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Latin American cities’ 4G Download Speeds vary significantly round-the-clock

Opensignal has analyzed 4G Download Speeds experienced by our users on smartphones across six of the largest cities in Latin America: Bogotá, Buenos Aires, Lima, Mexico City, Santiago, and São Paulo. We discovered that our users in São Paulo enjoyed the fastest speeds with an average 4G Download Speed score of 21.3 Mbps, marginally faster than Mexico City by 0.3 Mbps. Meanwhile, our users in Buenos Aires experienced the slowest speeds, with average 4G Download Speeds of 16.2 Mbps.

We noticed a consistent trend in all the six cities we analyzed: our users experienced a wide range of speeds during different hours of the day. The fastest 4G Download Speeds were enjoyed at 4 A.M. when few people were online and networks were least congested, with São Paulo scoring 31.9 Mbps, followed by Santiago at 31.4 Mbps.

As the day passes and networks become more congested, our users saw their 4G Download Speeds drop substantially. 4G Download Speeds in Santiago plunged to 9.2 Mbps, almost 50% lower than its average download speed — the largest fluctuation throughout the day in any of the cities we analyzed, despite Santiago having similar network capabilities as São Paulo, as highlighted by the fastest speeds measured in both cities.

Users in Buenos Aires experienced the smallest fluctuation in 4G Download Speed of less than 12 Mbps across the day, followed by Lima and Mexico City. It’s also noteworthy that Mexico and São Paulo’s 4G Download Speeds at the slowest hour of the day are on a par with the average 4G Download Speed experienced by users in all other cities. Although, the average Download speed across all listed cities was 18.1 Mbps.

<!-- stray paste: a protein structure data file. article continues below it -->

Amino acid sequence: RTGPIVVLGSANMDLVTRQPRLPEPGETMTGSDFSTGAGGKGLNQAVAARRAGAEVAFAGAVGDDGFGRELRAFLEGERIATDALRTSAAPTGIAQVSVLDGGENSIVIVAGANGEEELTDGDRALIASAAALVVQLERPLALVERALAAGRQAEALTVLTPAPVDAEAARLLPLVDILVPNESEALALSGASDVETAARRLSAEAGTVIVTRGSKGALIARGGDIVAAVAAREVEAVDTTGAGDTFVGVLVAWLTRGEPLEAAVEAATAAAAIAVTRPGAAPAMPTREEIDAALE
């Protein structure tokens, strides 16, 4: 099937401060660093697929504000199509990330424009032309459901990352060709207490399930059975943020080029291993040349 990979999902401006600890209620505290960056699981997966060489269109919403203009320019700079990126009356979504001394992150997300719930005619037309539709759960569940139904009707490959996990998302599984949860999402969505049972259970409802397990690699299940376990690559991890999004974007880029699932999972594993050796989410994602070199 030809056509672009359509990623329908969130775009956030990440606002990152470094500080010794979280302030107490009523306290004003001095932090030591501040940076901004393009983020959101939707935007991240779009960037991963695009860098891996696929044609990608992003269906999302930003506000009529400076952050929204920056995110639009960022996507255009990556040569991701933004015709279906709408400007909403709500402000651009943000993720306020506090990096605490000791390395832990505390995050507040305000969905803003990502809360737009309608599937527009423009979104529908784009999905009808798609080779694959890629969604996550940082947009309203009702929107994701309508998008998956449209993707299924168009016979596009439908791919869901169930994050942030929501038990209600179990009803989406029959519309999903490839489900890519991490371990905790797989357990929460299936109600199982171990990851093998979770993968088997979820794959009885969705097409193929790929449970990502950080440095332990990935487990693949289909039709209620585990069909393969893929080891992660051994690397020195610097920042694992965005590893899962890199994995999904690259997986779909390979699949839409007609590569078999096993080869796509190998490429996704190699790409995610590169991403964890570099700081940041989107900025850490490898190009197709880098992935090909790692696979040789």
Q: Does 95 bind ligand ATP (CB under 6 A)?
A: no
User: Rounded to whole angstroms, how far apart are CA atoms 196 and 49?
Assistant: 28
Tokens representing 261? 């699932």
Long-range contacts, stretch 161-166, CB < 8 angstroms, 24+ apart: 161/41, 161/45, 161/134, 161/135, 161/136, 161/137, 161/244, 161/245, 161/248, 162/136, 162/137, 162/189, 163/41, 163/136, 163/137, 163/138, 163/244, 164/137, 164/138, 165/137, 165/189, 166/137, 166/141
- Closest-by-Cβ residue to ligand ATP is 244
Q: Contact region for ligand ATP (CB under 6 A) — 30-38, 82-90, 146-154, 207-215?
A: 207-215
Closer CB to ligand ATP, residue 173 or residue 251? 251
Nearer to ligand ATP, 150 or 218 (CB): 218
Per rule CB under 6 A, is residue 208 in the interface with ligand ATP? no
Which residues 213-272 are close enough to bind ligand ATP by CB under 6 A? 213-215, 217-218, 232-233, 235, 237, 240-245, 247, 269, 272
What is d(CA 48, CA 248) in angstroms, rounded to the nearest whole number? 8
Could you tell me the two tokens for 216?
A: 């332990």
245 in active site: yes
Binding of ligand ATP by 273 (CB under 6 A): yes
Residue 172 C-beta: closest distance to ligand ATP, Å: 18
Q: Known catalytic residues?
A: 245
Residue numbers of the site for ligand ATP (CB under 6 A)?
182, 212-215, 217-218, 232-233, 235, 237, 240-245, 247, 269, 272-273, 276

The wide range between the fastest hourly 4G Download Speed and the average speed experienced by smartphone users in each city sheds light on the kind of challenges LATAM’s operators face as they provide services to a huge — and growing — number of smartphone users consuming data on their 4G networks.

Mobile data traffic consumption in Latin America grew by 68% in 2017, according to a Cisco study. And Cisco expects this to continue to grow exponentially in the coming years, fuelled mainly by increased adoption of smartphone devices to access internet, limited fixed broadband infrastructure and 4G becoming the dominant technology with an estimated market penetration of 38%. Today smartphones account for around 60% of connections on LATAM’s mobile network and around three-quarters, or 350 million people use their mobile devices to access the internet.

Latin America is home to a young population who are receptive to new technologies and spend the longest time online via  smartphones — Brazil, Argentina, Colombia and Mexico all featured highly on the list of countries worldwide for average time per day spent using mobile internet with 3rd, 6th, 7th  and 11th places respectively. LATAM countries are experiencing a strong shift from e-commerce to m-commerce, with mobile making up over 27.5% of all retail ecommerce, and also displaying faster revenue growth than ecommerce in general. Such a high adoption rate of smartphones has also given a push to the fintech industry, helping the sector deliver more competitive and convenient services, satisfying the massive structural demand for financial services: a growing industry now largely dependent on the quality of mobile network experience from LATAM's operators.

In response to these challenges and demands, operators in Latin America are now looking up to the new 5G technology in order to provide their subscribers with a state-of-the-art mobile network and add capacity. Although some operators around the world and at least one in Latin America claim to have launched a 5G commercial network already, it is sometimes unclear as to what extent early 5G launches are really available for real-world consumers using 5G smartphones, because such devices will only just start to become available in the second quarter of 2019. The question still remains if other operators in LATAM should rush into in launching 5G as a considerable portion of the population is still largely dependent on 2G and 3G networks. All these factors leave a good scope for the operators to address the significant fluctuations in 4G Download Speeds to optimize the user experience at any hour of the day.